Lots of things happen, at amazing pace. The squeals of laughter that crack me up every single time, the butterfly kisses, the baby babble (though in Ranbir’s limited vocab, everything and everyone is “da-da”). Suddenly life is a game.  He takes things out of drawers, dustbins, handbags. I put them all back patiently and he takes them out again. This time, I don’t take the bait despite the sorrowful look he’s giving me. He moves on to putting my shoes in his mouth. Or touching the wheels of the pram. Dirty things entertain him the most. My mobile phone is a close second. Now when I hold him, he holds me back. And I want to hold on to that moment forever. I kiss him on his neck and smell that milk smell of his and he laughs because he is tickled. It is the best feeling in the world. Indescribable. Incomparable.  Before I know it, he eats egg fried rice. And mud. He sits up, crawls, plays peek-a-boo by himself, “reads,” claps his hands, waves, does high-fives.

Sometimes I watch him watch me – his large brown eyes looking at me with – dare I say it? Adoration? And it fills my heart with so much love. So much that I didn’t think my heart was big enough to hold. I wonder – how can a person so small affect a love so great?

Sometimes, I watch him sleep – his smooth unlined face so peaceful, so calm, his hands managing to break out of the swaddle I have so painstakingly wrapped him in, his little escaped fists clutching his blanket or a toy, his mouth making little puckering sounds.  And I think to myself – I made that?

Today we have reached the 1 year mark.
Today the English sun is shining for me.  
And I am basking in its glory.

Please celebrate with me. With Kheer.

I am making my Kheer with rice, but every part of India – and every Indian family, for that matter – probably has its own version of Kheer. The essential ingredients are milk and sugar, but different variations can be made by replacing rice with vermicelli, semolina, and even oranges. My mother makes a fantastic and absolutely unrivalled mango Kheer. But I’m rubbish at dessert anyway, so I’m sticking to the basics.  This is homemade, wholesome goodness. This is Rice Kheer.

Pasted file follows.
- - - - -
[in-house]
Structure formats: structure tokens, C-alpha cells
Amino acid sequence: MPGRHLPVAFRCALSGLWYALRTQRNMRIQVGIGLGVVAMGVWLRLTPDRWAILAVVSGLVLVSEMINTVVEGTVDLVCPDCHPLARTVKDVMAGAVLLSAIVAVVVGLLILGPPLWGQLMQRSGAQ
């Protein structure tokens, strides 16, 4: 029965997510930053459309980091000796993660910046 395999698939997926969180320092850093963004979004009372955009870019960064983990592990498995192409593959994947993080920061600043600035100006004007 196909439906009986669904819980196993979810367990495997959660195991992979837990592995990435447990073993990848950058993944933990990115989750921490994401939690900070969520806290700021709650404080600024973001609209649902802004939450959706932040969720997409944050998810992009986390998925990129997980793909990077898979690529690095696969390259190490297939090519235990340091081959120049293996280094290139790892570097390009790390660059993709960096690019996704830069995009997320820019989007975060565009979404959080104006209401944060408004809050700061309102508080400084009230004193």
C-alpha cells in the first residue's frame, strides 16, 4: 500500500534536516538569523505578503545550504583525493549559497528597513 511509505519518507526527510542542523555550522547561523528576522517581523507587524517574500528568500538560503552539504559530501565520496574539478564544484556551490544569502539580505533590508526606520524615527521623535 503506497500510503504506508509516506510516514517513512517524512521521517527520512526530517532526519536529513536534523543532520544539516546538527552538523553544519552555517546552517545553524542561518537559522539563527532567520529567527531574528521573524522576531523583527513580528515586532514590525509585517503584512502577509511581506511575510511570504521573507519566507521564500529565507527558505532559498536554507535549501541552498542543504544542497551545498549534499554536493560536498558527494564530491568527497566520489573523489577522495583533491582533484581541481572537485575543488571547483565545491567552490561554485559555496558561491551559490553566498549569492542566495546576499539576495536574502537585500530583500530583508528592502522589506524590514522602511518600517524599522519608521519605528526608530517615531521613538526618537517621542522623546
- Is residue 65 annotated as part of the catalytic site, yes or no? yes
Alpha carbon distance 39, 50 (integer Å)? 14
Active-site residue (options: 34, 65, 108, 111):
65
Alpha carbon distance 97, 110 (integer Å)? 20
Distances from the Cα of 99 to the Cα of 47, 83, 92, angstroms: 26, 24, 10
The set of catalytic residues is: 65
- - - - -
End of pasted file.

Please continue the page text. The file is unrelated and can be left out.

Here’s what you need:

- 1/4th cup long grain rice, washed and drained
- 4-5 cups milk
- 2-3 cardamom seeds, crushed
- 2 tbsp almonds, blanched & silvered
- A few of saffron threads, soaked in a little hot milk
- 1 tbsp skinned pistachio nuts, chopped
- 1 tbsp sultanas or raisins
- 2  tbsp sugar or as desired

Here’s how you do it:

Add rice, milk and cardamom to a pan, and slowly bring to a boil stirring constantly. Simmer gently until the rice grains start to break up and soften, but keep stirring to make sure the rice doesn’t stick to the bottom of the pan. Continue to simmer (and stir) until the milk is reduced by about half; this may take as long as 1 hour. (No pain, no gain, as they say :) When the milk has thickened, add as much sugar as you like (I don't like to add too much because as I explain in my coffee recipe, boiling milk releases enough sugar for my taste, but then I don't like my desserts too sweet) and stir until completely dissolved. Finally add almonds, pistachio, saffron and raisins and simmer for another 3-4 minutes. Remove the Kheer from heat and let cool. Keep it in the fridge for a few hours and serve chilled.

They say the day a baby is born a mother is born too.  To Ranbir then.  And to me.  On our 1st birthday.


3 comments:

  1. That is what I call a magical post to commemorate a magical day! Kudos.

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  2. Thank you Eb! I never believed people when they talked about this mad love you feel for your child! It's really something else, no?

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  3. Great Job! Comes straight from the heart- you can totally tell!